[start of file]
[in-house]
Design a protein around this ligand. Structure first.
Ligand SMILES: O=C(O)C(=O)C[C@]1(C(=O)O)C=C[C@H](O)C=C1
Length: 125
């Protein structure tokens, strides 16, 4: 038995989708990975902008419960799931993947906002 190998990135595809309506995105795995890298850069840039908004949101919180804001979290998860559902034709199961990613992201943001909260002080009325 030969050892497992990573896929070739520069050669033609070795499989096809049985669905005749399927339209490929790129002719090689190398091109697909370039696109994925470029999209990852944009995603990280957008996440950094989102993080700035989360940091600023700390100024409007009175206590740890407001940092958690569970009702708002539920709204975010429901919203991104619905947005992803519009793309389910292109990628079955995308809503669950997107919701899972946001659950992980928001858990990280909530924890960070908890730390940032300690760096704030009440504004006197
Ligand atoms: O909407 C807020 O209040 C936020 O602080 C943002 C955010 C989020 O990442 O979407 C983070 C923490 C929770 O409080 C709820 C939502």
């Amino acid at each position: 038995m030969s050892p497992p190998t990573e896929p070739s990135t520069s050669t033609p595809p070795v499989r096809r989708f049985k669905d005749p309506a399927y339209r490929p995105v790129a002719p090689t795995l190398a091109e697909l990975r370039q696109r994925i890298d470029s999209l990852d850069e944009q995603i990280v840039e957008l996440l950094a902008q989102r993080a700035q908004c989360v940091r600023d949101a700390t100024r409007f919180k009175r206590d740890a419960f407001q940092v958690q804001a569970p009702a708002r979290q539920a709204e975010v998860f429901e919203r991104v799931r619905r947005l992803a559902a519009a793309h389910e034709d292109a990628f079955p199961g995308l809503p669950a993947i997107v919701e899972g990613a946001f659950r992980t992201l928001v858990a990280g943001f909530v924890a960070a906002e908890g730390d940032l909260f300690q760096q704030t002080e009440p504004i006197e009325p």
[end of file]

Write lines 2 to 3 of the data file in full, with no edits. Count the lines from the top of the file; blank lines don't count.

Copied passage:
Design a protein around this ligand. Structure first.
Ligand SMILES: O=C(O)C(=O)C[C@]1(C(=O)O)C=C[C@H](O)C=C1